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BELO HORIZONTE, Brazil – The Brazilian Army is seeking a return to being a home of Olympic champions.
Its best medal hopefuls are in the modern pentathlon, a sport in which athletes must shoot pistols, fence with épées, freestyle swim, show jump horses and run 3,000 meters.
And Brazil has started to shine in the event. The favorite of the women’s division is Sgt. Yane Marques. The 27-year-old native of the town of Afogados de Ingazeira in the countryside of the state of Pernambuco is ranked sixth by the International Union of Modern Pentathlon.
Marques was discovered by military team coach Maj. Alexandre França during a regional biathlon (swimming and running) in the city of Recife, in the state of Pernambuco, in 2003. By 19, Marques was challenged to become a skilled swordsman, marksman and equestrian.
She mastered it all, and did so quickly.
Frenchman Sebastien dos Santos, Marques’s fencing coach, was impressed by her performance during his first few training sessions.
“Yane is very focused, as well as a quick learner,” says Santos, who also is coaching the U.S. team. “She made an impression on everybody, not just me.”
Just four years after taking up the modern pentathlon, Marques already has racked up a string of impressive victories, including winning gold at the 2007 Pan American Games in Rio de Janeiro.
And that was just the beginning.
She won silver in the 2009 Modern Pentathlon World Cup Final, also held in Rio de Janeiro. In 2010, Marques came in second in the World Military Modern Pentathlon Championships in Prague in the Czech Republic and first at the Pan American Championships.
In 2011, she turned her attention to the Modern Penthathlon World Cup and, of course, the Military World Games, which will be held in Rio de Janeiro from July 16-24.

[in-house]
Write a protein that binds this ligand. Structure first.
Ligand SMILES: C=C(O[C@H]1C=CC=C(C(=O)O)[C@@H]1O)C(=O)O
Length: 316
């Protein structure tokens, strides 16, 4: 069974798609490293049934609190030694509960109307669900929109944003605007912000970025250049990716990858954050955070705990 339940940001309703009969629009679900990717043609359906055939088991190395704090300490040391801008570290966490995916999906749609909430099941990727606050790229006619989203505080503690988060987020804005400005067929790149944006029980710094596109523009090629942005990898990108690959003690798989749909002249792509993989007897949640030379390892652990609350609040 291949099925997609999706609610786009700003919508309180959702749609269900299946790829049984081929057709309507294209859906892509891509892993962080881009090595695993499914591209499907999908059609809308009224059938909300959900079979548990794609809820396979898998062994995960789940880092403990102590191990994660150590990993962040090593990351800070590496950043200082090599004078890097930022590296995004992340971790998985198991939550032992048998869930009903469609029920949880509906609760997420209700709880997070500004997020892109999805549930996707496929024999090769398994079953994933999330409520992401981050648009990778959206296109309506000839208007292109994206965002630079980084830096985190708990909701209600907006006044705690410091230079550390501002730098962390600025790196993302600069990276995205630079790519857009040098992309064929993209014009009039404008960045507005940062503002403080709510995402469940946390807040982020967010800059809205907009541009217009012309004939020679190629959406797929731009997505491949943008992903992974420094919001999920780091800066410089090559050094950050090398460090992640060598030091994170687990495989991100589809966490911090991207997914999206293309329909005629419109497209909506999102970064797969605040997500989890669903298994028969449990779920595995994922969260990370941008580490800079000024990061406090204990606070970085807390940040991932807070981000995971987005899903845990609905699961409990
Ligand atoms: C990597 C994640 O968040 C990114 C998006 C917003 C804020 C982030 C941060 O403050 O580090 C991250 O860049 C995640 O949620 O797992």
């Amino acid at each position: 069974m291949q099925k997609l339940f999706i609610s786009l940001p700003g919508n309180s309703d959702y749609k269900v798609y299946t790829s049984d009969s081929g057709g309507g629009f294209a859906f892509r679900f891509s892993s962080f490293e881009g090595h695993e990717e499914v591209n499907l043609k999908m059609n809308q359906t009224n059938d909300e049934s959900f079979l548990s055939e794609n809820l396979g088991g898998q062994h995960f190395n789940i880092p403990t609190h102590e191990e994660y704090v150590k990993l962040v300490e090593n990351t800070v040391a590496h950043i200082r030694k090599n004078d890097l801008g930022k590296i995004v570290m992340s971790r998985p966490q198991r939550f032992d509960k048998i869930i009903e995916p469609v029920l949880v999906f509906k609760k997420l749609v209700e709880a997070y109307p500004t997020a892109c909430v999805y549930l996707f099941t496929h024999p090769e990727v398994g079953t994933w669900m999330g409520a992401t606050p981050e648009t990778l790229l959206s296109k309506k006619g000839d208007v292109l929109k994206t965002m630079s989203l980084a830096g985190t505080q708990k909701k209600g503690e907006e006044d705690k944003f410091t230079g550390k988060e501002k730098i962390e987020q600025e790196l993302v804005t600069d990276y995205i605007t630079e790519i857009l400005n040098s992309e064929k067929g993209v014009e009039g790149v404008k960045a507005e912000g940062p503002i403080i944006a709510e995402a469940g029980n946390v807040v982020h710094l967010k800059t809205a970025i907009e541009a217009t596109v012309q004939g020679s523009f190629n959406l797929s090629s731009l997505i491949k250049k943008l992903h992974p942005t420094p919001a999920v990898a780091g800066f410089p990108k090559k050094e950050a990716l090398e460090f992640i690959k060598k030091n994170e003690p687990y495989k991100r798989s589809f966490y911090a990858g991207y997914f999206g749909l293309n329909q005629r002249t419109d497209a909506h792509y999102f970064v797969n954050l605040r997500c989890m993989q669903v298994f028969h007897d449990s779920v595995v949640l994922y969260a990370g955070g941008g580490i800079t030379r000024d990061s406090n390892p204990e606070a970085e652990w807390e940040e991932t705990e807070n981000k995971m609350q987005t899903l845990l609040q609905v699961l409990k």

She has just placed fifth in the final series of the World Cup, in Hungary, after taking 17th in April, in Italy, and eighth, in February, in the United States.
Marques attributes her success to the training she receives from the Brazilian Army, which is why she’s focused on winning gold at the Military World Games.
“My goal for 2011 is the Military World Games,” says Marques, who said the army has led to her living a more disciplined life. “If I’ve managed to live and breathe the sport and to have the freedom to train my hardest, it’s because I’m in the military.”
“Being an athlete requires focus. I had that focus from the day I joined the military,” Marques adds. “I bring it to my training as well as my life.”
Marques also hopes to qualify for the 2012 Olympics in London. In her Olympic debut at the 2008 Beijing Olympic Games, she finished 18th.
The Brazilian Modern Pentathlon Confederation’s program PentaJovem brought the world the rookie sensation from Rio de Janeiro: Juliana Domingues.
Domingues, 14, is the youngest pentathlete in South America. When she started the sport, her strength was riding a horse, but she quickly developed the other skills needed to compete for first-place finishes.
Domingues has an ambitious goal: compete in the 2016 Olympics in Rio de Janeiro.
“Every day I train, I think of the International Youth Olympic Games (in China) in 2014, and the Olympics in Rio,” she says. “I want to progress.”
The PentaJovem program is based in Recife and in Rio de Janeiro.
In Rio, about 50 young athletes are learning and practicing the sport at the Military Circle in the neighborhood of Deodoro.
The army has made significant contributions to Brazil’s Olympic achievements.
Brazil’s first Olympic gold medal was won by a soldier.
In the1952 Olympics in Helsinki Finland, Brazilian José Telles da Conceição won bronze in the high jump with a leap of 1.98 meters.
And where was he introduced to the sport?
At the Army Vocational School, where he was studying.